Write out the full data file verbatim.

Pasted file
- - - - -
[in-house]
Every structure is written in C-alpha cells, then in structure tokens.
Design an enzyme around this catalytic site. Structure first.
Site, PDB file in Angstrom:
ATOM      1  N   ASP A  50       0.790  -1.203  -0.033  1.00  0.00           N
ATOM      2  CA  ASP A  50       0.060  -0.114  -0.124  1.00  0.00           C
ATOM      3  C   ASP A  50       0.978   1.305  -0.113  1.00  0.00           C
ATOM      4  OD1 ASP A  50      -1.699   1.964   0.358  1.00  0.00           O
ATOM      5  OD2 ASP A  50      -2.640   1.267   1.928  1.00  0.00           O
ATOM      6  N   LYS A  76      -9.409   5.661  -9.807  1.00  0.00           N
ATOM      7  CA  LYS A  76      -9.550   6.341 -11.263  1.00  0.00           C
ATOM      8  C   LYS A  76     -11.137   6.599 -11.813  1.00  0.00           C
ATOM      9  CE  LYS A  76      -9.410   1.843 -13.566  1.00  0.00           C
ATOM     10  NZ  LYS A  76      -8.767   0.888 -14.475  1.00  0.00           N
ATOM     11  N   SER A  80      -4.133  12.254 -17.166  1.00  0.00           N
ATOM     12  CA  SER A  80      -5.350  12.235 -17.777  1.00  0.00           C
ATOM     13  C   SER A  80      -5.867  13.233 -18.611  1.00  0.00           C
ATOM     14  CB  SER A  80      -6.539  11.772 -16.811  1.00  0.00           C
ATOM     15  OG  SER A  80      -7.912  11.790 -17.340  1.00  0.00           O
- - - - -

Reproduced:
[in-house]
Every structure is written in C-alpha cells, then in structure tokens.
Design an enzyme around this catalytic site. Structure first.
Site, PDB file in Angstrom:
ATOM      1  N   ASP A  50       0.790  -1.203  -0.033  1.00  0.00           N
ATOM      2  CA  ASP A  50       0.060  -0.114  -0.124  1.00  0.00           C
ATOM      3  C   ASP A  50       0.978   1.305  -0.113  1.00  0.00           C
ATOM      4  OD1 ASP A  50      -1.699   1.964   0.358  1.00  0.00           O
ATOM      5  OD2 ASP A  50      -2.640   1.267   1.928  1.00  0.00           O
ATOM      6  N   LYS A  76      -9.409   5.661  -9.807  1.00  0.00           N
ATOM      7  CA  LYS A  76      -9.550   6.341 -11.263  1.00  0.00           C
ATOM      8  C   LYS A  76     -11.137   6.599 -11.813  1.00  0.00           C
ATOM      9  CE  LYS A  76      -9.410   1.843 -13.566  1.00  0.00           C
ATOM     10  NZ  LYS A  76      -8.767   0.888 -14.475  1.00  0.00           N
ATOM     11  N   SER A  80      -4.133  12.254 -17.166  1.00  0.00           N
ATOM     12  CA  SER A  80      -5.350  12.235 -17.777  1.00  0.00           C
ATOM     13  C   SER A  80      -5.867  13.233 -18.611  1.00  0.00           C
ATOM     14  CB  SER A  80      -6.539  11.772 -16.811  1.00  0.00           C
ATOM     15  OG  SER A  80      -7.912  11.790 -17.340  1.00  0.00           O